In PowerShell, both ' and " denote string literals. The difference is the double-quotes will expand variables (e.g., $myString) and escape characters (e.g., n), while the single-quote will treat everything literally. PowerShell does an implicit Write of anything that's on a line by itself in a program (the relative merits of Write-Host vs Write-Output are left as an exercise to the reader) -- variable, literal string (as this is), result of a one-line command, etc. This stems from the fact that every line gets executed, and the way to execute a string is to print it. For other data types, if they have a way to convert to a string, the execution silently does the conversion in the background and then prints the resultant string. If there's no way to get a string, you'll wind up printing a description of the datatype. This is one of the ways that PowerShell, as ... verbose clear ... as it is, can wind up somewhat competing with other languages. A short article on the topic, not written by me, though the author and I have a similar name. 6 # APL, 17 bytes ⎕←'Hello, World!' This is the portable way of printing from a full program. In the ngn/apl demo, you can omit the ⎕← for 15 bytes. 6 # Pascal, 32 bytes begin write('Hello, World!')end. 6 # C++, 48 bytes (must be compiled with g++) puts is slightly more concise than std::cout, shaving 6 bytes off of the other c++ answer. #include<cstdio> main(){puts("Hello, World!");} 1With g++, you can eliminate the space on line 1 and the int on line 2. – Dennis – 2015-08-29T03:56:55.873 @Dennis, done. I think this is the shortest possible in C++. – James – 2015-08-29T07:02:26.803 3This is not legal C++ code. The return type of main must be int and cannot be empty. – Hubi – 2015-08-31T09:34:16.133 @Hubi but it does correctly compile and run if you use g++. – James – 2015-08-31T15:58:35.717 @DJ yes, but only because of the C compatibility of the C++ compiler! If you compile your source with the flag "-Wall", you get a warning that ISO forbids no return type! – Hubi – 2015-08-31T19:45:56.530 int puts(...); instead of #include<cstdio> makes it 3 bytes shorter. Or not... – Qwertiy – 2015-09-03T10:38:04.570 In Obj-c you can use #import instead of #include, 1 shorter :D – Albert Renshaw – 2015-09-29T21:26:56.827 1@DJMcMayhem The fact, that compiler compiles something, does not mean, that it is correct. C++ does not support default int. – Zereges – 2015-10-25T11:20:12.577 @Zereges This was discussed on [meta[(http://meta.codegolf.stackexchange.com/questions/5851/are-compiler-specific-submissions-allowed). – James – 2015-10-25T21:15:12.233 In this code yields two errors with g++ in Mac OS. – CroCo – 2016-01-04T10:57:11.583 1It's 47 bytes, not 48 – ASCII-only – 2017-08-18T12:14:46.707 6 # Beatnik, 148 Bytes It could probably be done better, but this is one of the first times I used a stack based language. Beatnik determines commands and values based in the scrabble score for the words, but it (thankfully) doesn't check them against a dictionary. K QQQQQQQG ZD XO K QQJA KD ZD XO K KG KD ZD ZD ZD XO XO K B KD ZD XO K QQQQF ZD ZD XO K QQQD XO K A Z KD XO ZD XO K B KD XO ZD XO K J Z XO K QQQB XO Python interpreter can be found here A breakdown of what I've done K QQQQQQQG # push 72 72 ZD # duplicate 72 72 XO # output H 72 K QQJA # push 29 29 72 KD # add 101 ZD # duplicate 101 101 XO # output e 101 K KG # push 7 7 101 KD # add 108 ZD # duplicate 108 108 ZD # duplicate 108 108 108 ZD # duplicate 108 108 108 108 XO # output l 108 108 108 XO # output l 108 108 K B # push 3 3 108 108 KD # add 111 108 ZD # duplicate 111 111 108 XO # output o 111 108 K QQQQF # push 44 44 111 108 ZD # duplicate 44 44 111 108 ZD # duplicate 44 44 44 111 108 XO # output , 44 44 111 108 K QQQD # push 32 32 44 44 111 108 XO # output <space> 44 44 111 108 K A # push 1 1 44 44 111 108 Z # subtract 43 44 111 108 KD # add 87 111 108 XO # output W 111 108 ZD # duplicate 111 111 108 XO # output o 111 108 K B # push 3 3 111 108 KD # add 114 108 XO # output r 108 ZD # duplicate 108 108 XO # output l 108 K J # push 8 8 108 Z # subtract 100 XO # output d K QQQB # push 33 33 XO # output Can you add Scrabble scores to the explanation? – CalculatorFeline – 2017-06-05T04:34:02.307 The version using valid scrabble words is only 100 bytes longer. – pppery – 2017-08-02T00:44:49.627 6 # Deadfish~, 1 byte w Hooray for built-ins. 6 # Parenthetic, 766698 630 bytes ((()()())(()())((()())((()()())(()()()()))((()(())(())())((()(()))((()()(()))(()()())((())()()()()()()()()()()()()()))((()()(()))((())()()()()()())((())()()()()()))(()()()())))))((()(()))((()())((())()()())((())()()()))((()())((())()()()()())((())()()()()()()))((()())((())()()()()()())((())))((()())((())()()()()()())((())))((()())((())()()()()()())((())()()()))((()())((())())((())()))((()())((()))((())()()))((()())((())()()()())((())()()()()()))((()())((())()()()()()())((())()()()))((()())((())()()()()()())((())()()()()()()))((()())((())()()()()()())((())))((()())((())()()()()())((())()()()()()))((()())((()))((())()()()))) Try it online! Still got a lot to golf. This version uses a single definition (define f (lambda (a b) (char (+ (* a 13) 30 b)))) In other words, each char is encoded by two numbers a and b, for which 30 + 13*a + b is calculated (e.g. H = 73 = 30 + 3*13 + 3) . nice work ... I thought it could be done better – MickyT – 2015-09-04T01:01:12.943 608 bytes using (define f (lambda (a b) (char (- (* 6 19) (* a 13) b)))) – Leaky Nun – 2017-08-23T11:00:14.397 604 bytes after golfing Leaky Nun's answer slightly – Sherlock9 – 2017-08-23T13:07:15.317 6 ## Mascarpone, 29 bytes [!dlroW ,olleH]$.............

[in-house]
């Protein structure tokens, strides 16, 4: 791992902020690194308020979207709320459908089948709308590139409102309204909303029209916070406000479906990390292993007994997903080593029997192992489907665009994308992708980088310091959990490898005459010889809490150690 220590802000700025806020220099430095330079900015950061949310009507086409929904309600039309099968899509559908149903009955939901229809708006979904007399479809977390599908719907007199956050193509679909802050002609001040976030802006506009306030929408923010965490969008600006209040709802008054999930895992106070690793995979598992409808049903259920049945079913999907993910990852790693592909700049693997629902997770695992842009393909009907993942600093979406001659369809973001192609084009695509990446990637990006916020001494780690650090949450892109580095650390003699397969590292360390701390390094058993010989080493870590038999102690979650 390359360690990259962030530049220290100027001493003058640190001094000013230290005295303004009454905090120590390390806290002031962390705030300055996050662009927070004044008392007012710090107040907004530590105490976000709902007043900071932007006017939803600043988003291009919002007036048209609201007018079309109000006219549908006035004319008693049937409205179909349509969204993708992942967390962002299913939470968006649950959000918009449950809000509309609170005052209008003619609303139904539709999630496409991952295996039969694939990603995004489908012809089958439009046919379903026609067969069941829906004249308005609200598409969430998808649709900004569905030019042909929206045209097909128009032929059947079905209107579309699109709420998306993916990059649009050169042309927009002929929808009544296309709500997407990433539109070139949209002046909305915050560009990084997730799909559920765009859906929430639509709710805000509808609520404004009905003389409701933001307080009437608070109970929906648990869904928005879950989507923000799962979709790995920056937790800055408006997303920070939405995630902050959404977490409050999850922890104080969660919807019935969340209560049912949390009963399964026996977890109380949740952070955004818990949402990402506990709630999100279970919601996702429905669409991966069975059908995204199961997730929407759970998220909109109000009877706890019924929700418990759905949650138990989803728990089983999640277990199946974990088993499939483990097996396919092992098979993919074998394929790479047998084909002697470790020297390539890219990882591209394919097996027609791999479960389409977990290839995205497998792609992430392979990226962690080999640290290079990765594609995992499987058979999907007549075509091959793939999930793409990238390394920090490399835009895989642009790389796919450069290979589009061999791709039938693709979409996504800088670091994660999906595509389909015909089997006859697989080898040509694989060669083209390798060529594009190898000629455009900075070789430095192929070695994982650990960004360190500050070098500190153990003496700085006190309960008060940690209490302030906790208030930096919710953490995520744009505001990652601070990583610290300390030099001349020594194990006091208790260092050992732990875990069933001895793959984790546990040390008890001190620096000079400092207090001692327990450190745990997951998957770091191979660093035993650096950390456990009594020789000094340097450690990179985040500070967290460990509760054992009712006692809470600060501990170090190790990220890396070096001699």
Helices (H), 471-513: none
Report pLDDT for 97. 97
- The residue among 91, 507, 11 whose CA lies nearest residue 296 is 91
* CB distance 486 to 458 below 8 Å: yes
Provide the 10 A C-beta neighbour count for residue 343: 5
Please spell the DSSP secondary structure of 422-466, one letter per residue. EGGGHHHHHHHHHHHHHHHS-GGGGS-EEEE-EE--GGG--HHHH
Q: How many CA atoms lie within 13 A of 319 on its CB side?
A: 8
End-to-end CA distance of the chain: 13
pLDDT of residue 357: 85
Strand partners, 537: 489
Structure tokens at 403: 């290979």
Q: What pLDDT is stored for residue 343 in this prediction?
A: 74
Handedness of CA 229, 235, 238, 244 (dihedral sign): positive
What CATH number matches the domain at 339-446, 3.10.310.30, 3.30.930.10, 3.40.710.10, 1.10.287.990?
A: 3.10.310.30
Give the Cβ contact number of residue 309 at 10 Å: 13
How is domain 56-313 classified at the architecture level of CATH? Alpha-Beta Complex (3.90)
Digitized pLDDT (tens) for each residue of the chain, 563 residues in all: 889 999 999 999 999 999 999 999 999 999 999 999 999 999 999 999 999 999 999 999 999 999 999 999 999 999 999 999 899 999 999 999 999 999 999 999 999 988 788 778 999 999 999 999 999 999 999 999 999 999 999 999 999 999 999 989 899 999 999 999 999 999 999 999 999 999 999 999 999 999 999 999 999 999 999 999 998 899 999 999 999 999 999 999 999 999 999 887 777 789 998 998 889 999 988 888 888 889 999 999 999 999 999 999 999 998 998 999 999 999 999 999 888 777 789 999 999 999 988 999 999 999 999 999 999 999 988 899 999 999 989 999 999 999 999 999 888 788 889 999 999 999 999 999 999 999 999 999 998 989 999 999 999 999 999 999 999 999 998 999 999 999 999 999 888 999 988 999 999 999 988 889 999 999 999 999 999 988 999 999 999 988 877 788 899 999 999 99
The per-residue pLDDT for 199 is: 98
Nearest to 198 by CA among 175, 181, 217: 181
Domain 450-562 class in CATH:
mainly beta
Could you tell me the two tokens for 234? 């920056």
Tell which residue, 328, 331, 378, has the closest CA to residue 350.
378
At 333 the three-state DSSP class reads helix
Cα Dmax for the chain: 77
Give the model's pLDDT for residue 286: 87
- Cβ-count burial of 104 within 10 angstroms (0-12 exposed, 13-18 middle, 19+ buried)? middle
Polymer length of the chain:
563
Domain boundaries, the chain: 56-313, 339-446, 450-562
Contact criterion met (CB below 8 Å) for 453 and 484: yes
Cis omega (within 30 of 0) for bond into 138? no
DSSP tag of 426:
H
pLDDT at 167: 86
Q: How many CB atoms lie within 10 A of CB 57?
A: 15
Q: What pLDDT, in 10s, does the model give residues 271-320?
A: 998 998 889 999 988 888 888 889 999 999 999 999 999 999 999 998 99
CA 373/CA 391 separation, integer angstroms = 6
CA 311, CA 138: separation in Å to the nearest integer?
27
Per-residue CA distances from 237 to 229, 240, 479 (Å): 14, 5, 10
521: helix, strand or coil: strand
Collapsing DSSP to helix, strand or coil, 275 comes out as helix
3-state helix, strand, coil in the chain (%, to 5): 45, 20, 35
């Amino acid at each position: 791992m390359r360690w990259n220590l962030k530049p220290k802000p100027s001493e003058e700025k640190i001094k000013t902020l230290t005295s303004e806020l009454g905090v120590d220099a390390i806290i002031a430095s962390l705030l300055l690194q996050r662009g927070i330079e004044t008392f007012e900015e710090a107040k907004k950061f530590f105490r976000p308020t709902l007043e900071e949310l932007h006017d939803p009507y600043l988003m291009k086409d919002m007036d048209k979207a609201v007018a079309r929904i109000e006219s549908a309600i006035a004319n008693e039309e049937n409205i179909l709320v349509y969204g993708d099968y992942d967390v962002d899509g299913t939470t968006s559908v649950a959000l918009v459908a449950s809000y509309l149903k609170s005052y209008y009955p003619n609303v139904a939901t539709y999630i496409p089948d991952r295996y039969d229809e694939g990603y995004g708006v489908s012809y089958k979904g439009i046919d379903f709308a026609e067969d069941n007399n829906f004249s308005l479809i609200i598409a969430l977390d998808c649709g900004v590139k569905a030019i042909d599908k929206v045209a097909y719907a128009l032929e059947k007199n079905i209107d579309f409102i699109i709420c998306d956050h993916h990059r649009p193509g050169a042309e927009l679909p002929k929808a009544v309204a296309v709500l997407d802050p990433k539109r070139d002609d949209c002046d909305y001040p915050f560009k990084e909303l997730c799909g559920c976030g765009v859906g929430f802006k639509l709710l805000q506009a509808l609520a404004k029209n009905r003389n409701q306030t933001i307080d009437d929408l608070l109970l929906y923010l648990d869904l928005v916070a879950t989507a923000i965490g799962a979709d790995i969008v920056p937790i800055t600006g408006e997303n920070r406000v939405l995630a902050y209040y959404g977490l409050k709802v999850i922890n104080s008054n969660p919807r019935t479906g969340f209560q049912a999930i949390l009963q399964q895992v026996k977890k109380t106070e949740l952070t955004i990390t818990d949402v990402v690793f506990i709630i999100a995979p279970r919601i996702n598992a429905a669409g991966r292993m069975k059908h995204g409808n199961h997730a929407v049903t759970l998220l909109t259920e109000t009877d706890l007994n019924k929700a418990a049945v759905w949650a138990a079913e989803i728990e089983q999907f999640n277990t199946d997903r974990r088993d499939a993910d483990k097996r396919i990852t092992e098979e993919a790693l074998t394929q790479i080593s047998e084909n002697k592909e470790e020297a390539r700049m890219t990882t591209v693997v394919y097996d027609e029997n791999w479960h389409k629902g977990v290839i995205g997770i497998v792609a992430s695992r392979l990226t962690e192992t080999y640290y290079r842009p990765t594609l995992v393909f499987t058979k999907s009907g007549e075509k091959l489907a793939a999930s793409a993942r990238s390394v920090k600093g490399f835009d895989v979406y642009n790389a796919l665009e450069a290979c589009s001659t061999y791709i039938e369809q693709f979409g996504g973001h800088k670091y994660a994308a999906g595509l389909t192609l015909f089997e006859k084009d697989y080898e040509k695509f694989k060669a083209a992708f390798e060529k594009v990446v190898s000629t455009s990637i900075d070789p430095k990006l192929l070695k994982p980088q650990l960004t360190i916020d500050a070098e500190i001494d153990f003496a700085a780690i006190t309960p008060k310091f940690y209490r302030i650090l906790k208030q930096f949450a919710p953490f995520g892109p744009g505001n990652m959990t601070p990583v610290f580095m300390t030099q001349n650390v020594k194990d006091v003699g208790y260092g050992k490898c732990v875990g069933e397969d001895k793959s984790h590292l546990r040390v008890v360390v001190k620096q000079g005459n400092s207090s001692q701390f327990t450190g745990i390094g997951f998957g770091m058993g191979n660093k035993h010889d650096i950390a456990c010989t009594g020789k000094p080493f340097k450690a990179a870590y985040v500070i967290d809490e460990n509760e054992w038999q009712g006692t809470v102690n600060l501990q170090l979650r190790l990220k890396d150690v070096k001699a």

The esolangs page notes that